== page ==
Our continuous journey of change
- 13 Posts
- Age 1
My name is Kaltun, I am an 18 year old who has just completed her A-Levels. I have been a member of Empowering, and so I have been advocating against FGM, for 3 years. Our work ranges from an interactive teaching resource to publishing poems to being part of the Guardian Campaign.
She is a British citizen of African ethnicity. She utilises the schooling and healthcare, free and easily accessible, in the UK. Her country of origin is one of the 29 FGM practising countries in Africa. But does she know that? Her answer is no. She did not know of FGM, of Female Genital Mutilation. We explain to her what the practice entails and ask her again – had she heard of FGM? Her answer is yes.
‘Mutilation’ is not a term used by practising communities as it addresses the cultural practice barbaric and cruel. However how can a practice, despite being nothing but harmful, be described as barbaric and cruel when the intentions of the family is in the girl’s best interests? Many see it as a rite of passage, that it ensures purity and virginity but some misinterpret it to be a religious requirement. The majority of practising communities, excluding effects of immigration, are concentrated in the developing world where extreme poverty overshadows fundamental human rights. In nations with high prevalence rates of FGM, the practice has been considered a traditional social norm and to not have the practice would make you the outcast; when a practice is so embedded within a community its members do not tend to take it kindly when outsiders tell them what is right.
Education. Nelson Mandela once said that ‘education is the most powerful weapon which you can use to change the world’; in this case if parents are told what the psychological and physical health effects of FGM and we ask them whether they would still consider going through with it you would hope that they would have a change of heart. If young people are told their human rights and that FGM is a violation of 5 of them, you would hope to empower them to speak out. If medical staffs are told of the health effects of FGM, you would hope them to be more proactive in preventing the practice by preaching about the relation between the health effects the women sometimes consider to be normal, to actually be directly to linked FGM.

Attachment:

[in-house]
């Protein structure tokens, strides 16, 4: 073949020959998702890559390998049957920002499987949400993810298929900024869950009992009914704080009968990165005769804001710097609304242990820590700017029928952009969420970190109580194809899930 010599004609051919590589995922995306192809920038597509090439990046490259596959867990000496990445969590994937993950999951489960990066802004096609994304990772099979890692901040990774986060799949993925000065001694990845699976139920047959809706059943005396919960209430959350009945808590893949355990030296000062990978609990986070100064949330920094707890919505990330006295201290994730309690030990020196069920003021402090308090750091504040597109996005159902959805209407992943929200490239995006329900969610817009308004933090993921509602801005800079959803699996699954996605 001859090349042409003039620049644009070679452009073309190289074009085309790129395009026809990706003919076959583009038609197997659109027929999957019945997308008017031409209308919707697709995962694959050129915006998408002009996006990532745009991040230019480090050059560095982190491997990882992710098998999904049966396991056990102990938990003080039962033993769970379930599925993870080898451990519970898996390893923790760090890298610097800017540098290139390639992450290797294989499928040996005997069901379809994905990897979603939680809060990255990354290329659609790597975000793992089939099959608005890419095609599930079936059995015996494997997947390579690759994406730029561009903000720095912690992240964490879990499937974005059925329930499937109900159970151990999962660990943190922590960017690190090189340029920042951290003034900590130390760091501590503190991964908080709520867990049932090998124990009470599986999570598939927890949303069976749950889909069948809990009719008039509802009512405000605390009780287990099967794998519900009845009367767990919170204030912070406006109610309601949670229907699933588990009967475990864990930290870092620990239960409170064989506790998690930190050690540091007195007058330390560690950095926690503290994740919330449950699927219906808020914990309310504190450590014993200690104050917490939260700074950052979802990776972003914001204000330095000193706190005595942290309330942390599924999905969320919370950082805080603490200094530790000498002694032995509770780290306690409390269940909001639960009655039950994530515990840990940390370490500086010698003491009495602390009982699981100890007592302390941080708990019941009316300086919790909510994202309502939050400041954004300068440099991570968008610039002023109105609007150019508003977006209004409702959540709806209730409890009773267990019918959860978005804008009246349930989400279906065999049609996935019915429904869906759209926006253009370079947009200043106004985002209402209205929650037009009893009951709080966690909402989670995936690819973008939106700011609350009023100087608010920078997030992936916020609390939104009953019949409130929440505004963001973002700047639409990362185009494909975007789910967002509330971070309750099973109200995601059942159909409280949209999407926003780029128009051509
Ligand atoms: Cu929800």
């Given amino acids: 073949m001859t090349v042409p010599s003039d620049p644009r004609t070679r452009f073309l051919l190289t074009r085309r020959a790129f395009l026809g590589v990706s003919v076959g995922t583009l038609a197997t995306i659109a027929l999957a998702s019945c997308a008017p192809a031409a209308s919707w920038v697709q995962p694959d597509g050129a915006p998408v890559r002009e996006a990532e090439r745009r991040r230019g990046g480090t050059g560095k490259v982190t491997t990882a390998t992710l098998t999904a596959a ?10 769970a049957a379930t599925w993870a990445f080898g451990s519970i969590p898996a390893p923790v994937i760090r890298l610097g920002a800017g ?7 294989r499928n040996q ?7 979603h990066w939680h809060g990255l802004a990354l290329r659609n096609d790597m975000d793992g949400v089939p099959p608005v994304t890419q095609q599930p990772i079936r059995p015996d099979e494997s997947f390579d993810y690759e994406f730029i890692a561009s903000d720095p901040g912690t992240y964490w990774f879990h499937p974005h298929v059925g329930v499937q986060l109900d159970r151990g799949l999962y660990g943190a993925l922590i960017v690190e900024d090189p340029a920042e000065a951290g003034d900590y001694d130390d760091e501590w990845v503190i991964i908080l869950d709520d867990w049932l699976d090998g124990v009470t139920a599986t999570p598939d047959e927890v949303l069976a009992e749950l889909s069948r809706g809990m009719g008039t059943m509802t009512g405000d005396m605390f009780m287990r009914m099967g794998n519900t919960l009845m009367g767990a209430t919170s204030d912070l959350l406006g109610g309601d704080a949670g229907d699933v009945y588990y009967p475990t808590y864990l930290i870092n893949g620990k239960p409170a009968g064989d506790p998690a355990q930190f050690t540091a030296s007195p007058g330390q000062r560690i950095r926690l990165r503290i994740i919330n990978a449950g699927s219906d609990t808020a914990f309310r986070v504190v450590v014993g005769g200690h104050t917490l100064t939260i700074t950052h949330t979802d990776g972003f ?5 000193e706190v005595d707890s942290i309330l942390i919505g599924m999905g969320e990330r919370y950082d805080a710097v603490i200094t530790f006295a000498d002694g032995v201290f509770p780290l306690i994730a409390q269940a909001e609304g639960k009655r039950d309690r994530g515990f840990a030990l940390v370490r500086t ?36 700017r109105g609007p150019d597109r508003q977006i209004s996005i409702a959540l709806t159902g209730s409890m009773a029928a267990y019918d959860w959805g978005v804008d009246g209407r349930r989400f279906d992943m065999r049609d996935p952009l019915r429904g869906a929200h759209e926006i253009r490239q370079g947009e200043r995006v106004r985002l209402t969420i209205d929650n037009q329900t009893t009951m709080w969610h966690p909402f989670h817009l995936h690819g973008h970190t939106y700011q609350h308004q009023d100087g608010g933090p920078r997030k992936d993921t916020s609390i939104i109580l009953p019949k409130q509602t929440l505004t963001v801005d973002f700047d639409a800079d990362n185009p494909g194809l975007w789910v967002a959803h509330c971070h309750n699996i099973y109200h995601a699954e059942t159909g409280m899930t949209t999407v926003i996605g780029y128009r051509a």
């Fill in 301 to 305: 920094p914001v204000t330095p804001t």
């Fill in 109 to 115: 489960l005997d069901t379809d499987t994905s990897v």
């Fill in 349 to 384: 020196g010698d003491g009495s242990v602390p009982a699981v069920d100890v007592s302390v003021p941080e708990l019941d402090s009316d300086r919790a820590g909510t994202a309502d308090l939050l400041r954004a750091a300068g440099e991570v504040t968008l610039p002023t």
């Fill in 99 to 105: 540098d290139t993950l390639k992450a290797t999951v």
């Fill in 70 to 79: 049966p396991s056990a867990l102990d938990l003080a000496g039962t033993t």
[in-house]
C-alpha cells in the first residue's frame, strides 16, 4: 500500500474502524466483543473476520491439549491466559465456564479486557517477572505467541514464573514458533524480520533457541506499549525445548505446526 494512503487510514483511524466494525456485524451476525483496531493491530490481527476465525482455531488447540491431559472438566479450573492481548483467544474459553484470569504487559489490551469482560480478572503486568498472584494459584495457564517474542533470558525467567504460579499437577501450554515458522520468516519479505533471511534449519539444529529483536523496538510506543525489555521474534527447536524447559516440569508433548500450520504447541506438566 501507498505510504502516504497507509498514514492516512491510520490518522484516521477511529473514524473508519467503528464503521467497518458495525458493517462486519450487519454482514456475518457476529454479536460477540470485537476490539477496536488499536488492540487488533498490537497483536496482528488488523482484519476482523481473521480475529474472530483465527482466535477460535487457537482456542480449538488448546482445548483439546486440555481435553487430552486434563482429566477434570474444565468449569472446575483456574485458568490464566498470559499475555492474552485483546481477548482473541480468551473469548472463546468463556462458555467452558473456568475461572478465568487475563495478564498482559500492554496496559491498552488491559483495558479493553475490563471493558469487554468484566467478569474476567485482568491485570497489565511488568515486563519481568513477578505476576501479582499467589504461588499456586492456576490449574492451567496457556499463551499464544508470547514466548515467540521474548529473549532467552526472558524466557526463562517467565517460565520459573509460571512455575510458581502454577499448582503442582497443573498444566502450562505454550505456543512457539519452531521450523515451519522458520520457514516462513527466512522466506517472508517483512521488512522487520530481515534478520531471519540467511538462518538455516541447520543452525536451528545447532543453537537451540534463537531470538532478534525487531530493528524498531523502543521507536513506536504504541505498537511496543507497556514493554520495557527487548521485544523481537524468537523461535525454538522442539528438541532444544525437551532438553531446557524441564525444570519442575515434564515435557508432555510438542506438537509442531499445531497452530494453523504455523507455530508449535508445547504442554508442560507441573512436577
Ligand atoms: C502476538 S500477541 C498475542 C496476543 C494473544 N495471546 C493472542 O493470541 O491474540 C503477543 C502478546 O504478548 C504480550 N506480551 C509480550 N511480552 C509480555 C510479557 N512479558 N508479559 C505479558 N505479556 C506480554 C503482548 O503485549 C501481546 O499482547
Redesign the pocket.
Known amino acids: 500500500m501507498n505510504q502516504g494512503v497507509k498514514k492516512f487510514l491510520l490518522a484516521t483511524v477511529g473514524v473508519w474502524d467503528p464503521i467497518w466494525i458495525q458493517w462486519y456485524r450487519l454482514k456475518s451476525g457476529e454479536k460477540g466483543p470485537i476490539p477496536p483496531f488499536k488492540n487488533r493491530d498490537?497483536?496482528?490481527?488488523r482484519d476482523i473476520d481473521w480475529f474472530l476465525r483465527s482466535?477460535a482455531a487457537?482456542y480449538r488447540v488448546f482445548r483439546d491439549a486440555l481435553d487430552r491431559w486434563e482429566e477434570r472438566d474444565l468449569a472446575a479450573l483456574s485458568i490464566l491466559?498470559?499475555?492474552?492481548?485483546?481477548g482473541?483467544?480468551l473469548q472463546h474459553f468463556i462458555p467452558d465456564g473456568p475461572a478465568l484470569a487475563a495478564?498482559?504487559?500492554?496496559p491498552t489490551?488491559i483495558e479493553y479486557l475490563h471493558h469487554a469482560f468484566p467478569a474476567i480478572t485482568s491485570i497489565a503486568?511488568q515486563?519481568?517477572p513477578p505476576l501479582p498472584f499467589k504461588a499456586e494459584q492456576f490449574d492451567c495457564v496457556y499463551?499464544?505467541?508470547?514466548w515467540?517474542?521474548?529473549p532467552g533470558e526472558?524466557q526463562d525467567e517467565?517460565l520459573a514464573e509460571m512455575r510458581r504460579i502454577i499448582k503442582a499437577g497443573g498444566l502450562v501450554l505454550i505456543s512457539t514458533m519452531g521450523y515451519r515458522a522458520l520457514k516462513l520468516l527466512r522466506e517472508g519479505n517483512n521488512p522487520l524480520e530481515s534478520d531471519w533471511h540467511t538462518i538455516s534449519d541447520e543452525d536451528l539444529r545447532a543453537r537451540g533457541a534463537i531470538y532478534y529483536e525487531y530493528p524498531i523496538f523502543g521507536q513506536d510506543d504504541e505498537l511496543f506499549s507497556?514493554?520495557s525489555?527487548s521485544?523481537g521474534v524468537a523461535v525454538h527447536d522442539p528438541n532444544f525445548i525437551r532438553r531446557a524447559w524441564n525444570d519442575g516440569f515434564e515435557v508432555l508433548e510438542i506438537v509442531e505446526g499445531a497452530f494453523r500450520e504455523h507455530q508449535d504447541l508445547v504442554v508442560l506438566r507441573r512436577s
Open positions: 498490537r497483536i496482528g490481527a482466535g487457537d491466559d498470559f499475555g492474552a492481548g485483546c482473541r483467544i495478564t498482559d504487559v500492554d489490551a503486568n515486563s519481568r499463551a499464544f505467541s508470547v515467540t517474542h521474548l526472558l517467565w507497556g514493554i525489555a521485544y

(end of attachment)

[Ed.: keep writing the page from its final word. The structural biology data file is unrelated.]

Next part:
The benefits of education are endless – after all it is the most powerful weapon. Attitudinal change has not just begun but there have been women who have been campaigning for decades against the practice, they were the real triggers of change. Education, in places where legislation is highly regarded, can be benefitted by laws however even these have mixed successes.
Then there is the imbalance in privileges between the sexes – education, healthcare and political freedom should not be privileges but rather universal fundamental rights. Much of the world, including FGM affected communities, is a victim of patriarchal influence.
Therefore - empowerment of women and girls is a key step to continue battling through our journey of change.